There are three elements to the cultural services component of the spaces project. First, we set out to explore the practices people engage in, the places they visit, and how the meanings associated with these two aspects of coastal people’s lives contribute to their identities. This work has involved a series of in-depth interviews and focus groups, alongside a participatory method whereby coastal residents were encouraged to take photographs of meaningful aspects of their lives for discussion.

Second, we set out to establish how important respondents felt the identified cultural services were and how they related to other ecosystem services (e.g. fishery) explored in the SPACES project. We were particularly interested in where benefits were found, and the extent to which respondents grouped, or separated the various benefits. This work involved a series of semistructured interviews with a mapping exercise in which we pulled out four key themes from section one that reflects the cultural services coastal residents identify with.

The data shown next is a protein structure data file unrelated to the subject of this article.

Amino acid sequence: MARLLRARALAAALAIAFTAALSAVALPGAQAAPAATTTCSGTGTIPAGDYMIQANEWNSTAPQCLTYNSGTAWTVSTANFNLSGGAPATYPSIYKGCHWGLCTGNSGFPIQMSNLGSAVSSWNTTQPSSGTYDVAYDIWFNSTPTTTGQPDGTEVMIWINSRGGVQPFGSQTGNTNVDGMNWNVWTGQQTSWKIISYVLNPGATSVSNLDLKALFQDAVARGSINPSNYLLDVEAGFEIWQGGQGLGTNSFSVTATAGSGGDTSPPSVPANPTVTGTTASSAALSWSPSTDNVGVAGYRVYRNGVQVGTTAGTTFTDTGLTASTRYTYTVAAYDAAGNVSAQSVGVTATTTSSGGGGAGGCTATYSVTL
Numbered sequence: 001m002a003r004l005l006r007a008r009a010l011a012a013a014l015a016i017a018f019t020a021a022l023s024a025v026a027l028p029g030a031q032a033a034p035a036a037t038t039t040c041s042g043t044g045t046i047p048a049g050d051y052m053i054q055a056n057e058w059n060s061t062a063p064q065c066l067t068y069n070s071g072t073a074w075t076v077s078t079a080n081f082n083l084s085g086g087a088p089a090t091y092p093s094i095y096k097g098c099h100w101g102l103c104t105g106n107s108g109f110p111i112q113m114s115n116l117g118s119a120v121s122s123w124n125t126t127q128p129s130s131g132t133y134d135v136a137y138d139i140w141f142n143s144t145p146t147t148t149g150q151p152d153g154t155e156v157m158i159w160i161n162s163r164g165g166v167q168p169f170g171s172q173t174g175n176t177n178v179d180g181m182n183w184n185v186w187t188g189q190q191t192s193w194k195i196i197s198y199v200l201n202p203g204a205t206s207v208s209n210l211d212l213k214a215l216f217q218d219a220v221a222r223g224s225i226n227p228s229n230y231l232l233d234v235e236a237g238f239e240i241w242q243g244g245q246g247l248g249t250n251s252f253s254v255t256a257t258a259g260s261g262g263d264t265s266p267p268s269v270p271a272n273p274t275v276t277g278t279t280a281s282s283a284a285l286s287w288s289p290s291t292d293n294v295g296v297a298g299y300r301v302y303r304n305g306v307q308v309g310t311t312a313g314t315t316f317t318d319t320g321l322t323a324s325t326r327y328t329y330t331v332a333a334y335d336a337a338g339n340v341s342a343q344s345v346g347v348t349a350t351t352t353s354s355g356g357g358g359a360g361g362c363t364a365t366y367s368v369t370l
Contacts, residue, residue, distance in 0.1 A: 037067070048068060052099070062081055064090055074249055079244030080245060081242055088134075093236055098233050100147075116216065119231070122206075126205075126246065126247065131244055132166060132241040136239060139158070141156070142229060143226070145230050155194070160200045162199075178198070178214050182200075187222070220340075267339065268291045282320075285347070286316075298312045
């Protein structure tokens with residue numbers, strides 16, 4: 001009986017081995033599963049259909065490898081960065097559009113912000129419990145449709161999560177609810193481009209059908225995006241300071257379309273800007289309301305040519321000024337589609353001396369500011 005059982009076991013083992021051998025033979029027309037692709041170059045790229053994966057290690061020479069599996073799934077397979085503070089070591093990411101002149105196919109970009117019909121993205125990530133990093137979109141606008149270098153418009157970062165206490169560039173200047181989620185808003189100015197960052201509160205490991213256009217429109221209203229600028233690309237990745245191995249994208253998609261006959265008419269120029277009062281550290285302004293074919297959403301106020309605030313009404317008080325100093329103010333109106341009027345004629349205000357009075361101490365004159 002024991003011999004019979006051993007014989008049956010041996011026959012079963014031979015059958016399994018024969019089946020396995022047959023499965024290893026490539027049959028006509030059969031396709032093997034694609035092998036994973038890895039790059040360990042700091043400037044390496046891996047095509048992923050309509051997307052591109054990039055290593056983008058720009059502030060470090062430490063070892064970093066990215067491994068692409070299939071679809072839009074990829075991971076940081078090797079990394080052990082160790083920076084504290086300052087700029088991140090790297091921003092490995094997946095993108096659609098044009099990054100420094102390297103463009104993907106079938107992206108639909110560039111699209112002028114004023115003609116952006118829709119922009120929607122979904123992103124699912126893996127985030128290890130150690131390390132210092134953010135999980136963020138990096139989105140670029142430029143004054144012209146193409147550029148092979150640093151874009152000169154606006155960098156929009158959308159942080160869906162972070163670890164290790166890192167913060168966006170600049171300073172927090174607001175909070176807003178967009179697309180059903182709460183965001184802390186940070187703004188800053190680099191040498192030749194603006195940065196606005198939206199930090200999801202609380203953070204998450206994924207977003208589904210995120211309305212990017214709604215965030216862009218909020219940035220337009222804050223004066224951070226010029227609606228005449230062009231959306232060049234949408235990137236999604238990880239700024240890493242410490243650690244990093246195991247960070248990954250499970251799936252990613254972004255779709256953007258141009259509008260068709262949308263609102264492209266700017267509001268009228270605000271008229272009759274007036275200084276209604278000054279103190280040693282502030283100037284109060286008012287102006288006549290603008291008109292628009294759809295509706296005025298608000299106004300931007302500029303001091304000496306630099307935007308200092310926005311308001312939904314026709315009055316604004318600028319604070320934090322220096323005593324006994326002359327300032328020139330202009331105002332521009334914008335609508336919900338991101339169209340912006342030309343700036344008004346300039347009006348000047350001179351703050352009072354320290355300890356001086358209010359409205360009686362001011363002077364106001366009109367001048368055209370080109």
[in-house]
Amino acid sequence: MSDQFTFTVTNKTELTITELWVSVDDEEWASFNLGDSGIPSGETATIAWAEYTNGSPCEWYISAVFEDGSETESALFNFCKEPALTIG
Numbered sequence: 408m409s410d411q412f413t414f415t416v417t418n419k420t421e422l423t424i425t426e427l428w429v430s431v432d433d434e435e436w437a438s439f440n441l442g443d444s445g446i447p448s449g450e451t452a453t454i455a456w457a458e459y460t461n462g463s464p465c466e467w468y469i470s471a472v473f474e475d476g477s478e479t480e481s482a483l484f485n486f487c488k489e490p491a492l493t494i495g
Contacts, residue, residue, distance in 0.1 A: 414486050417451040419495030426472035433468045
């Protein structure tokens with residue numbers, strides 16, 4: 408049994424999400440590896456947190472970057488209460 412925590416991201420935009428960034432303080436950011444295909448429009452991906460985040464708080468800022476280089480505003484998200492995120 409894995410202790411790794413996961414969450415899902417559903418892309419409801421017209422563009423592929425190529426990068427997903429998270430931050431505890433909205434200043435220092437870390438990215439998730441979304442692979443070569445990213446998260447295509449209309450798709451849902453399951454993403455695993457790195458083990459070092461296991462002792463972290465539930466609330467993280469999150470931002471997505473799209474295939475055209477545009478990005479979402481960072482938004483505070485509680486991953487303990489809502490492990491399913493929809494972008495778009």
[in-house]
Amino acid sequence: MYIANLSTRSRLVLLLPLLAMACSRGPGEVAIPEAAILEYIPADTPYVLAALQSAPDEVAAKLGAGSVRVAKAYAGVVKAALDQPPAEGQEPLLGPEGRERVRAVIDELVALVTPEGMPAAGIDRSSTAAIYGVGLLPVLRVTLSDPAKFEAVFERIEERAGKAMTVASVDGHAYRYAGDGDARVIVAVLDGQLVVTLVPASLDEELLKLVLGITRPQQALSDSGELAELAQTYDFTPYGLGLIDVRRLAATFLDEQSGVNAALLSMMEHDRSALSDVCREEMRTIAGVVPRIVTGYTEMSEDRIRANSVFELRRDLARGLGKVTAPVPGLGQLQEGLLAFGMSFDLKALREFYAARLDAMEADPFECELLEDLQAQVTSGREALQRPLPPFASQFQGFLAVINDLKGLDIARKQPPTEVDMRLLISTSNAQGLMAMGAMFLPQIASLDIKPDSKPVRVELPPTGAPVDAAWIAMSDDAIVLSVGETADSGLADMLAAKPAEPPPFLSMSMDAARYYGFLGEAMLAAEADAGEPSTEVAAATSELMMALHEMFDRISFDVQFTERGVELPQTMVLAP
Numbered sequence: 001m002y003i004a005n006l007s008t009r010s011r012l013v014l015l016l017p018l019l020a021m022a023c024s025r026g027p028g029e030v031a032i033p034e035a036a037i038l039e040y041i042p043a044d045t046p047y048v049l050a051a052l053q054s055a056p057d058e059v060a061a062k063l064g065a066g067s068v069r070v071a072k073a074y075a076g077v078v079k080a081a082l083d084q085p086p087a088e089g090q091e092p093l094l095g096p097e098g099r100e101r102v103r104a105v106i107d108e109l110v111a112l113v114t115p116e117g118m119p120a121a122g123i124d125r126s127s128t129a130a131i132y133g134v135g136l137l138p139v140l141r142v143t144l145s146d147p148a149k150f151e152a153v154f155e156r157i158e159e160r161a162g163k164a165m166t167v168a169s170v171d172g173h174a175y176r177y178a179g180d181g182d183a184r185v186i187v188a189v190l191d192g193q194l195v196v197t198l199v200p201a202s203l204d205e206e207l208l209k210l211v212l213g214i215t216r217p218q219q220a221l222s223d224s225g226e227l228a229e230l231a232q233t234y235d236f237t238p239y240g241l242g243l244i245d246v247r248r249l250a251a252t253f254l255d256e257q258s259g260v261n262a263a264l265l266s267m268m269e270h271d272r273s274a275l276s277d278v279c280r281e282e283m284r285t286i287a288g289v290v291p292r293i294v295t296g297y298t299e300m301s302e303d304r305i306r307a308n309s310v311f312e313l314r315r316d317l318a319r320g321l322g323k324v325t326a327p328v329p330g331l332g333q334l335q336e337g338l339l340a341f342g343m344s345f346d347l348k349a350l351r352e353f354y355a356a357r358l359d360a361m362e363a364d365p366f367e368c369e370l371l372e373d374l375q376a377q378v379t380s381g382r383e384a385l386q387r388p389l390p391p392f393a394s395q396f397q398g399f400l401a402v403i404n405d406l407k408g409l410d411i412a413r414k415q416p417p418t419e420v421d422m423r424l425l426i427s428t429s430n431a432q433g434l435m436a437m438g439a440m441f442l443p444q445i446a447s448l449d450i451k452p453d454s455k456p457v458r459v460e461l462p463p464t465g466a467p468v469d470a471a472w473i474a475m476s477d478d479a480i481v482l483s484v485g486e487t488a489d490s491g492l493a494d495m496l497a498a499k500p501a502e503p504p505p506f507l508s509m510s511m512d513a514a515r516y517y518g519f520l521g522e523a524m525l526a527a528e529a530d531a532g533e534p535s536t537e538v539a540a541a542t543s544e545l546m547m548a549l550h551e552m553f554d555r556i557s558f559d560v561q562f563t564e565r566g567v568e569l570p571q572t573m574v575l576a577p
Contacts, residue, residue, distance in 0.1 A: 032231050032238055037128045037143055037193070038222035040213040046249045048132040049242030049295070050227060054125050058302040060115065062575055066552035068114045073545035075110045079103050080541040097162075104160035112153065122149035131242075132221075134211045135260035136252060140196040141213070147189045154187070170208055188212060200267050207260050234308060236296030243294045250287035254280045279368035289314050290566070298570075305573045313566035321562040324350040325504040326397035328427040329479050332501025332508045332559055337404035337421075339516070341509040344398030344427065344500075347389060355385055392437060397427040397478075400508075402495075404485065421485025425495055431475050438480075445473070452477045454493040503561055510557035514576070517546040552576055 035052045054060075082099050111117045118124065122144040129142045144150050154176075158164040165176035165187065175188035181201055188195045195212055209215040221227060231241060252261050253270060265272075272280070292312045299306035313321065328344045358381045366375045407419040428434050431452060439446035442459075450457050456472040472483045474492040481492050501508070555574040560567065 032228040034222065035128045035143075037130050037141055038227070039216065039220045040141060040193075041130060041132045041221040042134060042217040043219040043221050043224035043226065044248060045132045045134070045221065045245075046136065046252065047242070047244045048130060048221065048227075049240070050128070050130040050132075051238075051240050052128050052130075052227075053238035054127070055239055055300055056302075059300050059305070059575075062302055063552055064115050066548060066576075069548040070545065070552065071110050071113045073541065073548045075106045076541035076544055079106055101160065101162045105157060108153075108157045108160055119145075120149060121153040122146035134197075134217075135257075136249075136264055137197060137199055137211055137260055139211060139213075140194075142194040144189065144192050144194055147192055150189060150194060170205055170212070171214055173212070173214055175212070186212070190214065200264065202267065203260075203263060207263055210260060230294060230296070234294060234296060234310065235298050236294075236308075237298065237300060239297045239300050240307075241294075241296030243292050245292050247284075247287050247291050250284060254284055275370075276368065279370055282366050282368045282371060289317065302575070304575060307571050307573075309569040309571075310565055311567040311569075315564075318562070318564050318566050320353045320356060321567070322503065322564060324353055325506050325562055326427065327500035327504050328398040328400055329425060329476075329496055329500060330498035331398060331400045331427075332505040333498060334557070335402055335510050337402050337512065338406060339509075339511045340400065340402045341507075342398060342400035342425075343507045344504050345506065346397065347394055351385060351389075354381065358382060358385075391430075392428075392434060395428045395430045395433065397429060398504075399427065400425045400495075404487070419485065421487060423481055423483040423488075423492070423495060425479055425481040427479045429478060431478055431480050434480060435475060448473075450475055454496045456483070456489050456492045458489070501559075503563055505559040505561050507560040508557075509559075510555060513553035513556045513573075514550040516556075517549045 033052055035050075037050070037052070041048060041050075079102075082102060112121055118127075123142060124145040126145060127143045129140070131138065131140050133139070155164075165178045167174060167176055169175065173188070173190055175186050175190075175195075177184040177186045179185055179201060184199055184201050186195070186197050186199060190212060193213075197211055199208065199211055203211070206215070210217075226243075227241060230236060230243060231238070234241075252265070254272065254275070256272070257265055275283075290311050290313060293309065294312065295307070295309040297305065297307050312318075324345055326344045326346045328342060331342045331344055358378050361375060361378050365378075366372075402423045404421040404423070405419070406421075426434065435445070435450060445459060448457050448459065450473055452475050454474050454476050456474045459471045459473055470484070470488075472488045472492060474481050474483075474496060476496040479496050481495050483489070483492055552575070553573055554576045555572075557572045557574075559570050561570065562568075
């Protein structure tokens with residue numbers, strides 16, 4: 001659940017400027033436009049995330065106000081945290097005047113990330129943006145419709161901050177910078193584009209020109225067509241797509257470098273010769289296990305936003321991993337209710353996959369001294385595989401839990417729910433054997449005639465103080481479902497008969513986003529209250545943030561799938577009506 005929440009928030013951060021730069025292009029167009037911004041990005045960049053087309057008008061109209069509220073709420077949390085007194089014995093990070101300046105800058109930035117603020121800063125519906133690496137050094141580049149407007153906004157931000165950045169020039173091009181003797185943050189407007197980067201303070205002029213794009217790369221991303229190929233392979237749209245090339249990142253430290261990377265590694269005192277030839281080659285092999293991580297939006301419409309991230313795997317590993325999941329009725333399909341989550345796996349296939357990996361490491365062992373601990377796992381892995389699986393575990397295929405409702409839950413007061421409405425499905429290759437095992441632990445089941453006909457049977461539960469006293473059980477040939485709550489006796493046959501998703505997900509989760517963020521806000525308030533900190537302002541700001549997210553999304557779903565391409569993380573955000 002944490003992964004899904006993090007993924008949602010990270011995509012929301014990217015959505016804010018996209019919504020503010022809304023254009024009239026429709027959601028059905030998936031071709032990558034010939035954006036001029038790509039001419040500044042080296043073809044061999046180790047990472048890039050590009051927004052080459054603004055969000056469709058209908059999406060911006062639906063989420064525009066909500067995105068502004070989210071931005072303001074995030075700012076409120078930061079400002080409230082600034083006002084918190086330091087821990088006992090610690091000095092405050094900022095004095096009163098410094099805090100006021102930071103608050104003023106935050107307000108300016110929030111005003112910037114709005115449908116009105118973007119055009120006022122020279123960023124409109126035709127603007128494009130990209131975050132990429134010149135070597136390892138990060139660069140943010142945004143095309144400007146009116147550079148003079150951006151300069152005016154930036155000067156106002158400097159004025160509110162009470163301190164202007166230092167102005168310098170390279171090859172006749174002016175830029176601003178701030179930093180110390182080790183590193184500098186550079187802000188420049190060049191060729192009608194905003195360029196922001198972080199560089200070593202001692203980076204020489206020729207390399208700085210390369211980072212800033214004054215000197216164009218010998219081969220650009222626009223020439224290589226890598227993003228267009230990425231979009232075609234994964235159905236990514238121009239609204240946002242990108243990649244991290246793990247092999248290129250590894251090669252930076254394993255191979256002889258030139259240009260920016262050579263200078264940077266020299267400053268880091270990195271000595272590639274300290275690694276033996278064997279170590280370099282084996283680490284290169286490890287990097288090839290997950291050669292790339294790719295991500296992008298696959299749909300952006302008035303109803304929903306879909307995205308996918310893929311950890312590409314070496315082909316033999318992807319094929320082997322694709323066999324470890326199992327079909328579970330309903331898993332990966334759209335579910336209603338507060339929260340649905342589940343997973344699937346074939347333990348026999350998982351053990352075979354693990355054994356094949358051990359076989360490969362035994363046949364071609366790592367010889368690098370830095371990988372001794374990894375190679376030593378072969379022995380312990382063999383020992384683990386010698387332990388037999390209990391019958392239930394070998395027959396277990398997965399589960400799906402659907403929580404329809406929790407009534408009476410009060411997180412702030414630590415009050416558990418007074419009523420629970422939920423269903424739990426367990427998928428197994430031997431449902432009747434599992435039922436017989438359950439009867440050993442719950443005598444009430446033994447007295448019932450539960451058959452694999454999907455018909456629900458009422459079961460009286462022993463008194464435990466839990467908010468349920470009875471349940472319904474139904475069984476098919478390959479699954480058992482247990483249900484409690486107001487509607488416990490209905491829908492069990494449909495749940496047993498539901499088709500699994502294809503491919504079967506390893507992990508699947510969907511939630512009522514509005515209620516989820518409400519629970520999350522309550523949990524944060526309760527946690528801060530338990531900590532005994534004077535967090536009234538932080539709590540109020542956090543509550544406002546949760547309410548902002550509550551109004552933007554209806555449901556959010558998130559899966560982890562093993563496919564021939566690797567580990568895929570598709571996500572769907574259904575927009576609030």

Finally, we wanted to explore how the strength of peoples attachment to place, relates to their subjective wellbeing, and to two very different cultural services (recreation and traditional values). This data has been collected through semi-structured interviews, as part of the household surveys, and rolled out across over 800 households in 4 communities in both Kenya and Mozambique.

Christina Hicks, Carol Abunge, Kate Brown, Bjorn Schulte-Herbruggen, Amini Tengeza, and Jatieno Nyanpah are the team members involved in this work.